Take the 2-minute tour ×
Stack Overflow is a question and answer site for professional and enthusiast programmers. It's 100% free, no registration required.

All objects in my program inherit from a Container class. The Container class has a virtual BaseNode* getParent() const; method and a virtual void setParent(BaseNode *p); method.

I have a Set class (Set in a tennis match, not a data structure) which has the Match class as it's parent (via setParent()) but since Set inherits from Container, The program creates a tree structure from the top down and the Set class is a child, it doesn't need to have methods to track and maintain information about it's parent beyond what Container provides.

The error C++: invalid conversion from ‘BaseNode*’ to ‘Match*’ shows up in the method below when I try to compile my program. (Player* getPlayer1() const; only exists in the Match class)

Player* Set::getPlayer1() const{
    return getParent()->getPlayer1();
}

This is my inheritance structure for Match. (Note that TreeNode is a template)

Match -> TreeNode<Set> -> BaseNode -> Container

I don't understand why I'm getting a conversation error. I have tried reading my textbook but it's a rather poor reference. Google just provided too much irrelevant information.

Edit

Player* Set::getPlayer1() const{
    return dynamic_cast<Match>(getParent())->getPlayer1();
}

causes

error: cannot dynamic_cast ‘#‘obj_type_ref’ not supported by dump_expr#<expression error>((&((const Set*)this)->Set::<anonymous>))’ (of type ‘class BaseNode*’) to type ‘class Match’ (target is not pointer or reference)

Edit 2

I just realized I need dynamic_cast<Match*> which works.

share|improve this question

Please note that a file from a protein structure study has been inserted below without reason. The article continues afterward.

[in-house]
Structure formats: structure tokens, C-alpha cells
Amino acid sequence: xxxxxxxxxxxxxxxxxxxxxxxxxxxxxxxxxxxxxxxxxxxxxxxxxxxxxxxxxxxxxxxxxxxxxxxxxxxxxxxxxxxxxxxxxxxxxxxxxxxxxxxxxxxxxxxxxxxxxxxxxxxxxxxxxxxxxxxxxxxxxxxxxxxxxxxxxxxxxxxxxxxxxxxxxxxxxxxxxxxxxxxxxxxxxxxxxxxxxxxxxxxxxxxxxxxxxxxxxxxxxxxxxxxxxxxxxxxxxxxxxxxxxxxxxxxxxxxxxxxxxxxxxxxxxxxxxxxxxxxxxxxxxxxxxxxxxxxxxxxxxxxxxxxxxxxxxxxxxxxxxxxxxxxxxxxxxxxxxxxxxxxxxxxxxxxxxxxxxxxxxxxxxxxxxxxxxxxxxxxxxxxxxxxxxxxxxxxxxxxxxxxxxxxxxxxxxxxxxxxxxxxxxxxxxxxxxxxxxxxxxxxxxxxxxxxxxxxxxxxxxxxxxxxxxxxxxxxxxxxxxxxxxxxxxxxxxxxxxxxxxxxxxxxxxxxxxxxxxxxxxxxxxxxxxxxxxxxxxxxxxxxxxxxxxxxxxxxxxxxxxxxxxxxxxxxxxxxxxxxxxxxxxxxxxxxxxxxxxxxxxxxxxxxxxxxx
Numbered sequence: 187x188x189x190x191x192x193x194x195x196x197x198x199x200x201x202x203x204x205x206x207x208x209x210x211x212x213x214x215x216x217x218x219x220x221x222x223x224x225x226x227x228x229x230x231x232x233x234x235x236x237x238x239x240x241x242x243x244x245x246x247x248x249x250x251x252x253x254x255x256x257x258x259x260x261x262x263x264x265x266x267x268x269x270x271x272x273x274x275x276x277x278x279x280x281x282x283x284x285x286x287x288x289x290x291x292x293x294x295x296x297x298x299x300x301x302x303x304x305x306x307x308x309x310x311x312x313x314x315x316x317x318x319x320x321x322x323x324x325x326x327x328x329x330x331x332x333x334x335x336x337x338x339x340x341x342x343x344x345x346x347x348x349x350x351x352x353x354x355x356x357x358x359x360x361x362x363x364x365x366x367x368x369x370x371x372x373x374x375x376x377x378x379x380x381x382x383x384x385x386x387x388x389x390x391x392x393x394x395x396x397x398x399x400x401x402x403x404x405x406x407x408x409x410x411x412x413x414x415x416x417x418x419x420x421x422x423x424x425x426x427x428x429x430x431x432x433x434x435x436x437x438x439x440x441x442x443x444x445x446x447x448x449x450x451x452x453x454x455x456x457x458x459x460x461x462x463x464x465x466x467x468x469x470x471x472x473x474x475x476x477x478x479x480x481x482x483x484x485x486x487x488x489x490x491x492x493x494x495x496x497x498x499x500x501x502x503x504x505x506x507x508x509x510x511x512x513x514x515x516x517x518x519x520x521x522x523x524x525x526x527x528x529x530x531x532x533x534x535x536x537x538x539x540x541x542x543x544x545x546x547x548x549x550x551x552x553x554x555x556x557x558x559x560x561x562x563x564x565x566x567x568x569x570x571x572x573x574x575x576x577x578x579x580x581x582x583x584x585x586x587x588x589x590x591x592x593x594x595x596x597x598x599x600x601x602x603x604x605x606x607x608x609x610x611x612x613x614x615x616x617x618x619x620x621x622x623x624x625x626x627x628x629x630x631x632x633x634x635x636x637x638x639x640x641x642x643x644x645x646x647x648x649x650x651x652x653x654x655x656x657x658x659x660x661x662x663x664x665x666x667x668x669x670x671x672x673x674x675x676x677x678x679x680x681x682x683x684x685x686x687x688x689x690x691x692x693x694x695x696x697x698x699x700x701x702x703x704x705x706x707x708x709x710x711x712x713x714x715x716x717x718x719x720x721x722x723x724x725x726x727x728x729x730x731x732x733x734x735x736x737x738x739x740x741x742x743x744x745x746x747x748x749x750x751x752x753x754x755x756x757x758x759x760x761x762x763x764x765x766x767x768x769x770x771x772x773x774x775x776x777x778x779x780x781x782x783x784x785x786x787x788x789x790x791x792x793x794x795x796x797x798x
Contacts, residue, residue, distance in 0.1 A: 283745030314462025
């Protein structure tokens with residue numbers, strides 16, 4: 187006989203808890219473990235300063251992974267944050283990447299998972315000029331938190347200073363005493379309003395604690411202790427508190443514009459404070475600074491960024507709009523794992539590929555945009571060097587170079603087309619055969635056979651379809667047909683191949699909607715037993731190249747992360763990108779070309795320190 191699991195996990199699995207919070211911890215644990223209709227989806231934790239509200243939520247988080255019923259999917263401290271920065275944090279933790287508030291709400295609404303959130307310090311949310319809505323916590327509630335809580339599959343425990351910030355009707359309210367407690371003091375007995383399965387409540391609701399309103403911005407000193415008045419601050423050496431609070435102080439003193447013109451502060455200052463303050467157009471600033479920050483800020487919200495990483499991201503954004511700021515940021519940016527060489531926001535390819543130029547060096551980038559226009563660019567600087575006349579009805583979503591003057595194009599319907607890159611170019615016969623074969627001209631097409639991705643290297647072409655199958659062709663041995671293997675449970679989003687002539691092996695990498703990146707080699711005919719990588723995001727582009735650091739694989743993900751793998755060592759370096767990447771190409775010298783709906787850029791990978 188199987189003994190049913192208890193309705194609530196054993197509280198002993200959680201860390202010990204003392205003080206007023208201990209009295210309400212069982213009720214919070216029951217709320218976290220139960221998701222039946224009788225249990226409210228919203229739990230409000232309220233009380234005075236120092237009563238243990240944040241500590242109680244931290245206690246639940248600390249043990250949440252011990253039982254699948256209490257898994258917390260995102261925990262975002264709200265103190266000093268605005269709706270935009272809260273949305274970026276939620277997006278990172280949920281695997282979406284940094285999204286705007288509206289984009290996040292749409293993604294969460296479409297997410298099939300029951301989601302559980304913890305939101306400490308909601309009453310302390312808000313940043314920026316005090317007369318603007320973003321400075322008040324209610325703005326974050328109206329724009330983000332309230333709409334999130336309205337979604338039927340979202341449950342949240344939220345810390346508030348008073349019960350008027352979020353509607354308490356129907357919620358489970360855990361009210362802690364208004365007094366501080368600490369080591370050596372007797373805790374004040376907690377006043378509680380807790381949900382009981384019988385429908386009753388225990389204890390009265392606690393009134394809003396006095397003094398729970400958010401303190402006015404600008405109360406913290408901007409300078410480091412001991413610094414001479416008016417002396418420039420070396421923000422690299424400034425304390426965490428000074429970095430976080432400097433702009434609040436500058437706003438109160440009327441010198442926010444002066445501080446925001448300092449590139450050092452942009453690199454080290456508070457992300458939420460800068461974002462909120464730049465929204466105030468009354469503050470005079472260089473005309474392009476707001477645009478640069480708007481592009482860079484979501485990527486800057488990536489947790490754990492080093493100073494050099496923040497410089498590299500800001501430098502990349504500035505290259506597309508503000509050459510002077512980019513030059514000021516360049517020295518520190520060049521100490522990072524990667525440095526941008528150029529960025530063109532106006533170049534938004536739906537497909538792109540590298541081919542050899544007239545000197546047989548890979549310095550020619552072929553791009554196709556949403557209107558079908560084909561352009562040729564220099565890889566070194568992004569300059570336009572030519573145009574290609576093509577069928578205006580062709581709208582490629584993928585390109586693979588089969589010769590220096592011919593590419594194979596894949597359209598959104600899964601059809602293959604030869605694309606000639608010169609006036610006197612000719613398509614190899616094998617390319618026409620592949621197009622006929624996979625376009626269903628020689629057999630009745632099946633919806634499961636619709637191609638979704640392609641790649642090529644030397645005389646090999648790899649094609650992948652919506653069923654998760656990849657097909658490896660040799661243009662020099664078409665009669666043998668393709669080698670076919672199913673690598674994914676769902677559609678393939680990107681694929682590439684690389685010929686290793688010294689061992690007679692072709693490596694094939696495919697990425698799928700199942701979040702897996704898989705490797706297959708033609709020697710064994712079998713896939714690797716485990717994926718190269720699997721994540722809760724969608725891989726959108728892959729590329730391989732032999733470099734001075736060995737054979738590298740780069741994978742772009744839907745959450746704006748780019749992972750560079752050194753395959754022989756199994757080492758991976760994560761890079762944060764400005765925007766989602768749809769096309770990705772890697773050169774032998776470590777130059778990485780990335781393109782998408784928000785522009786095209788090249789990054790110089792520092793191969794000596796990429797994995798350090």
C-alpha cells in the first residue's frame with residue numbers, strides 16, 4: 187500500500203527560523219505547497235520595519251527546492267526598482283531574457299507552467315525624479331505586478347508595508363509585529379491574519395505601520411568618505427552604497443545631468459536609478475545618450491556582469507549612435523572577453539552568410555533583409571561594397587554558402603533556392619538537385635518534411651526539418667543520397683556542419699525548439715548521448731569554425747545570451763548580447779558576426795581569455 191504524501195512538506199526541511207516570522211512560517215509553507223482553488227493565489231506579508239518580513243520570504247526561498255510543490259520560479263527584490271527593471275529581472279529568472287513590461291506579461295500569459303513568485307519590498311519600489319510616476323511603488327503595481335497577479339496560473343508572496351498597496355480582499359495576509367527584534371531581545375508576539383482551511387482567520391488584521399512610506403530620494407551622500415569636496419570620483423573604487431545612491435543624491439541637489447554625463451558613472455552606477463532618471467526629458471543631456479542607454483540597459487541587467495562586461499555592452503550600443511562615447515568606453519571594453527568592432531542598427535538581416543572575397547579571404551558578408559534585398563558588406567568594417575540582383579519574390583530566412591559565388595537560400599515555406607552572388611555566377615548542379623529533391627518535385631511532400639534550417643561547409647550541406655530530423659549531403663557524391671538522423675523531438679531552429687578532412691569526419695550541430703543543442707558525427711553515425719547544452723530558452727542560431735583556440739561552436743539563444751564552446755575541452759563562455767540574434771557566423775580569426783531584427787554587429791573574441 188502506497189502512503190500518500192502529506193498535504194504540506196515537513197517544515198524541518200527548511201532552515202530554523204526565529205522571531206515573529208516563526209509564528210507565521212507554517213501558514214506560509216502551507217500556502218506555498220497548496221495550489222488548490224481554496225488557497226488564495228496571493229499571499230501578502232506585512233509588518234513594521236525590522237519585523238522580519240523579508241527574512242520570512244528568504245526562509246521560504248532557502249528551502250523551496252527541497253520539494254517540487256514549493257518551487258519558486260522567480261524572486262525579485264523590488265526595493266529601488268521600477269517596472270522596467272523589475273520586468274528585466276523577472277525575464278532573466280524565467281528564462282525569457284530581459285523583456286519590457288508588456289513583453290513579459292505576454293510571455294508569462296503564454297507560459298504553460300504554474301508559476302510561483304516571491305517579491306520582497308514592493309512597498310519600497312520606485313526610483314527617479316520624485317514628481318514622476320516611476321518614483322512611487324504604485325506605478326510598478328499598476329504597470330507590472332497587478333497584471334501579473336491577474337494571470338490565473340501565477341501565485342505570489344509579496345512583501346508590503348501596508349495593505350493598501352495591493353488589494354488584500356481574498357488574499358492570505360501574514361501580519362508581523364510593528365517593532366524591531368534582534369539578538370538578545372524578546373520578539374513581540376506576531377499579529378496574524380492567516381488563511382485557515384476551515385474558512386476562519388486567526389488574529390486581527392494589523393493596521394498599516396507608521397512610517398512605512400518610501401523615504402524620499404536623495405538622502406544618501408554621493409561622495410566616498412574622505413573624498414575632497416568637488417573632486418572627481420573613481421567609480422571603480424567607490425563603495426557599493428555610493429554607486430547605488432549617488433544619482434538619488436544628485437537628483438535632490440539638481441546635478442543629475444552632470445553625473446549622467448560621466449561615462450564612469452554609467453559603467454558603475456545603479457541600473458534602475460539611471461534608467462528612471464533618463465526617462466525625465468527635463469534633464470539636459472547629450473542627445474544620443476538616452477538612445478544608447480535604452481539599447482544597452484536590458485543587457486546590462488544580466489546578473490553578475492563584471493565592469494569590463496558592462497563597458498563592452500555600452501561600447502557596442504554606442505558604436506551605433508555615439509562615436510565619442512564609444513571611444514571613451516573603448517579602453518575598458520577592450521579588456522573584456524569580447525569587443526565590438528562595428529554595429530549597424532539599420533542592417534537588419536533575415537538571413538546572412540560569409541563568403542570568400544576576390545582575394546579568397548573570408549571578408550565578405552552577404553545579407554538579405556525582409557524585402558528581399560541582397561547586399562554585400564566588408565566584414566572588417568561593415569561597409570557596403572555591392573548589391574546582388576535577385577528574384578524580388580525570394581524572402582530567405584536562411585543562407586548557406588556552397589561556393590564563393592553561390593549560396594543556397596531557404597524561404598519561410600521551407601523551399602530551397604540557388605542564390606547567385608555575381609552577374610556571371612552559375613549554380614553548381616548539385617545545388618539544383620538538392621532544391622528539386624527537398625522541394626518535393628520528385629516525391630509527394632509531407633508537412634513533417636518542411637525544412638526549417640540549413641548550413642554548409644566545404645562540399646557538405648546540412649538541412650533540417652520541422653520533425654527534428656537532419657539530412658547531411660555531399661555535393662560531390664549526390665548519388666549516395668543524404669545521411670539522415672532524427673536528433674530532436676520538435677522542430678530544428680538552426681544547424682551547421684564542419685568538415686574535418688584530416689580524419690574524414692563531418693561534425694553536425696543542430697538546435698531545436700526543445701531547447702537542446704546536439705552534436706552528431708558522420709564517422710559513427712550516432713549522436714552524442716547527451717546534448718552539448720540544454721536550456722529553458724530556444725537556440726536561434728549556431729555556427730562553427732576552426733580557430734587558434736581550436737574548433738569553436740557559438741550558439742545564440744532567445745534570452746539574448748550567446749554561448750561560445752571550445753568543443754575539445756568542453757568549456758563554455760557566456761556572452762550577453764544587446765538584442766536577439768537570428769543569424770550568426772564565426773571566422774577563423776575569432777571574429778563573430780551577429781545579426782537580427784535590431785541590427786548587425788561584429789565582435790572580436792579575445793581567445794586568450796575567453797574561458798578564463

2 Answers 2

up vote 3 down vote accepted

The problem is that getParent() returns a BaseNode*, which could be a pointer to any type of BaseNode - it might point to an unrelated class that also derives from BaseNode. If you're 100% sure that the parent must be of type Match, you should cast the parent to a Match* first, and then you can call getPlayer() on that:

Player* Set::getPlayer1() const{
    return dynamic_cast<Match*>(getParent())->getPlayer1();
}

If the parent isn't necessary a Match, then dynamic_cast might return NULL, so be sure to check for that.

share|improve this answer

I think you really need to re-organize your hierarchy and method names... This has nothing to do with your question, but in general it seems hard to fathom why Set inherits from Match. (doesn't a match have sets?)

games are composed of points, sets are composed of games and a match is composed of sets... a point is won by a player.

you should probably structure it more closely to the real world.

just my $.02

EDIT

I'd probably have a Match object that contains a map of sets (map i.e. set one, two three, etc) and the Method Player(int) rather than Player1() and player2(). Also it does not seem necessary to have a method for player in the Set class. A Set would point to a match in which it is being played.

share|improve this answer
    
Set inherits from Container, Match inherits from TreeNode. The entire structure is tree shaped. Matches have Set children. The details of a game aren't required for this application so Set contains the statistics. –  epochwolf Dec 4 '08 at 19:16
    
"Scary" is all I can say. –  Tim Dec 4 '08 at 19:22
    
Scary but I have about 80% less code and I've learn a heck of alot more than I would have doing it without inheritance. –  epochwolf Dec 4 '08 at 19:25
    
right, but the inheritance is all wrong. It does not map the real world. I don't mean to be negative, just trying to help out. –  Tim Dec 4 '08 at 19:31
    
What you just edited your comment to is the structure I have. A TreeNode has a vector of Container objects--"Children"--within it. So a Match would have a vector of Matches. The getPlayer1() method on the Set class just gets Player1 from it's "parent" which is a Match class. –  epochwolf Dec 4 '08 at 19:42

Your Answer

 
discard

By posting your answer, you agree to the privacy policy and terms of service.

Not the answer you're looking for? Browse other questions tagged or ask your own question.